This dual boot method is capable of being updated unlike other solutions I’ve found.


Format your SD card (16GB and up is recommended)

  1. Run SDFormatter and verify the correct drive is selected.
  2. Click on Options and set the FORMAT SIZE ADJUSTMENT option to ON.
  3. Format the card and you’re done – ready to copy over the BerryBoot image files.
    1. sdformatter
  4. Move on to creating your dual boot image.

If you’re in Windows and SDFormatter does not recoup the full card capacity, use RUFUS instead.

    1. Download Rufus
      1. I use the portable version – no installation required
    2. Run Rufus and it should immediately detect your SD card.
      1. Make sure you choose the correct drive!
    3. Set the options as below:
      1. rufus_format

Create a dual boot image

  1. Extract the BerryBoot image using 7-Zip or equivalent, then copy the files to your SD card and plug it into the Pi.
  2. Copy the OSMC and RetroPie images to a USB stick and plug it into the Pi. Do not extract these IMG files.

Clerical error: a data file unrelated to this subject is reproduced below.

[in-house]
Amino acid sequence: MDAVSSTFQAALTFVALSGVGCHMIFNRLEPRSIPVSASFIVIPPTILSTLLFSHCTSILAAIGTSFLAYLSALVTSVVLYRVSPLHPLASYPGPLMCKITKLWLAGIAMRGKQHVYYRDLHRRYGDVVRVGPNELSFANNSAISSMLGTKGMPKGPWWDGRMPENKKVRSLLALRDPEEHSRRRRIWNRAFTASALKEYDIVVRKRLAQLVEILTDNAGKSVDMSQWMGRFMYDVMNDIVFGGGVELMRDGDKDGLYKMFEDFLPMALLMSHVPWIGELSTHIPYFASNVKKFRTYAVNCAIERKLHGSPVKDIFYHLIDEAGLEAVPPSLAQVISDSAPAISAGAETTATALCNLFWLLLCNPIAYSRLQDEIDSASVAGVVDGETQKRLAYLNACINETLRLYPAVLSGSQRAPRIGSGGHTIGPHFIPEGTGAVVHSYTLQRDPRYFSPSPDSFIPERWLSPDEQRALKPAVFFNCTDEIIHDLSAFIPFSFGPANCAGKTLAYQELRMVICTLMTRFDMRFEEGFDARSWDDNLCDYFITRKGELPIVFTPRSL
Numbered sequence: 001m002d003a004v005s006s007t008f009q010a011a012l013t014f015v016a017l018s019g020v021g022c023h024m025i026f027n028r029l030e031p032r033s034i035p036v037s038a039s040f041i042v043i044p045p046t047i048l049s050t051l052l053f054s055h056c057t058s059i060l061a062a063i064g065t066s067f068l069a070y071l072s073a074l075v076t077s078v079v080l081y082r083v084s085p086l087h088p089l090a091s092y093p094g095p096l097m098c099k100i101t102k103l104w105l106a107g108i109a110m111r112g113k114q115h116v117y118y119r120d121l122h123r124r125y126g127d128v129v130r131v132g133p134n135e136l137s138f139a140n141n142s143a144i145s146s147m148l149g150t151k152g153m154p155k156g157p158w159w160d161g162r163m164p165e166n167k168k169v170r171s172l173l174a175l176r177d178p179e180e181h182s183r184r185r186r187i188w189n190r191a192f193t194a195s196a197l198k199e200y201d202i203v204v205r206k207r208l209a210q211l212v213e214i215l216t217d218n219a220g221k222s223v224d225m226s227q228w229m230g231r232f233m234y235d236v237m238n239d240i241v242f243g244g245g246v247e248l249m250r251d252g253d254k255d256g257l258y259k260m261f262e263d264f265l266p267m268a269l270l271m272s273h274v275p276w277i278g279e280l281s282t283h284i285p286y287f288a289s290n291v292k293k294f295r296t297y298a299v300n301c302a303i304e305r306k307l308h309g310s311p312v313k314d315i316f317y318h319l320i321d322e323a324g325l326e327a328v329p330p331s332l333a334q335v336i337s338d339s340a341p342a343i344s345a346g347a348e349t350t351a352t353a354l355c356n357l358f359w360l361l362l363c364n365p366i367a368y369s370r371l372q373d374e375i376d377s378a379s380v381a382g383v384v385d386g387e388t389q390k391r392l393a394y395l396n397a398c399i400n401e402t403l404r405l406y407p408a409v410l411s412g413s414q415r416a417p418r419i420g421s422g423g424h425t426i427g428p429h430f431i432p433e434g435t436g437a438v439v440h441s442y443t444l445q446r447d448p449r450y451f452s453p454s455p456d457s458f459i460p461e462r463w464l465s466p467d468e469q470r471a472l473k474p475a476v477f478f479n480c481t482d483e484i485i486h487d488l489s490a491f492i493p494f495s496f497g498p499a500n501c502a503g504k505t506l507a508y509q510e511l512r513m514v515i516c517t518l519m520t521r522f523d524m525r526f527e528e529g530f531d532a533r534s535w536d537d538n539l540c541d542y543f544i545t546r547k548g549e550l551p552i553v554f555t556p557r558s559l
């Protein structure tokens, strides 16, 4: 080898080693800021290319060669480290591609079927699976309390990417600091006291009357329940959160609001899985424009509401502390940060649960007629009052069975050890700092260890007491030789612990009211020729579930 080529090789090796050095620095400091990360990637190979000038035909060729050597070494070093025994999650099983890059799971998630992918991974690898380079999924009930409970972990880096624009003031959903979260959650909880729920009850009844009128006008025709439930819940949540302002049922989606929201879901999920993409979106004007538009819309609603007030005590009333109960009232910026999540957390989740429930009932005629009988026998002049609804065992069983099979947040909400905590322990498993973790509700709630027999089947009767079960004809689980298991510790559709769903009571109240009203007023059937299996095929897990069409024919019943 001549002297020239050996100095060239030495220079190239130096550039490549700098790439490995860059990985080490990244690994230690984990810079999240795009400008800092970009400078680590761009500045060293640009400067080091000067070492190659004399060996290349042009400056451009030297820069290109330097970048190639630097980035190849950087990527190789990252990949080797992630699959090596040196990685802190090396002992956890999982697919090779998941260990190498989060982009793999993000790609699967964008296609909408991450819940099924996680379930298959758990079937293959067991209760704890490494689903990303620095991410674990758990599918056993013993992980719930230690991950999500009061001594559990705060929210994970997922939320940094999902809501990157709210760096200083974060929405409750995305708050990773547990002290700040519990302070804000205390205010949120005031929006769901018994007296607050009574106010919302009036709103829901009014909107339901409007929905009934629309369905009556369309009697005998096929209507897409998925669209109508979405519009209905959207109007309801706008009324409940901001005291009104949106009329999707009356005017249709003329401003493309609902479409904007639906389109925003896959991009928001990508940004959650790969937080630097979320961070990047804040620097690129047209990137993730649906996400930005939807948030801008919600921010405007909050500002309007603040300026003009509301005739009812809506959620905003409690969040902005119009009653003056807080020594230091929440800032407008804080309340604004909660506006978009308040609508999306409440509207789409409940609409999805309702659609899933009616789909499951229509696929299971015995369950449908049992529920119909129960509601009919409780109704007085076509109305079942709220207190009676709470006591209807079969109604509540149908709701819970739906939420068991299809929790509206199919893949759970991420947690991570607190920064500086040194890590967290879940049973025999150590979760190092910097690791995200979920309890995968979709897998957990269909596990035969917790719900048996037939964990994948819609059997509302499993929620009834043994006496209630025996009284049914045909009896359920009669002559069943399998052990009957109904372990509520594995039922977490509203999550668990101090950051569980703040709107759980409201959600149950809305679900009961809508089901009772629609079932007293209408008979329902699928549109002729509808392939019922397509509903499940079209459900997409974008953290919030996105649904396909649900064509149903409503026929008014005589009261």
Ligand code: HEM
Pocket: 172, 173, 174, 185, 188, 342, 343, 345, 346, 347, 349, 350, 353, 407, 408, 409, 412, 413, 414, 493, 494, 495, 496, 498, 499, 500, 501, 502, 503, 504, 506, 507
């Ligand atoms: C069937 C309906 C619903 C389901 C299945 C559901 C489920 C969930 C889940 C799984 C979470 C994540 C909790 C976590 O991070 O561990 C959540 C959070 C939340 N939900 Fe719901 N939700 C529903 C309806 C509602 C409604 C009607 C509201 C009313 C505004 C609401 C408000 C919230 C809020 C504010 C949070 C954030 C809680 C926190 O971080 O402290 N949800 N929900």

3. Power up and boot the Pi.
  4. Cancel out of the initial BerryBoot Add OS window and allow it to reboot to the BerryBoot Menu Editor.
  5. Click and hold the ‘ADD OS‘ button and choose ‘Copy OS from USB stick‘.
  6. Choose one of the images to install, wait for the installation to complete, then install the other.
    1. Note that you could install RetroPie from within BerryBoot, but having the latest versions of the OSes on hand is much quicker. The official BerryBoot RetroPie image is much older – v.3.6 vs v.4.0.2.
    2. BerryBoot otherwise needs to download the installation files for the OSes which takes a while.
  7. Set one of the OSes as default.
  8. Reboot and you’re done.

That’s it! Finally, an easy, dual boot Pi solution for OSMC and RetroPie via BerryBoot. I’ve updated both OSes on my image to the latest and greatest versions with no issues. I’ve restored an OSMC backup from another image to this one and it was successful.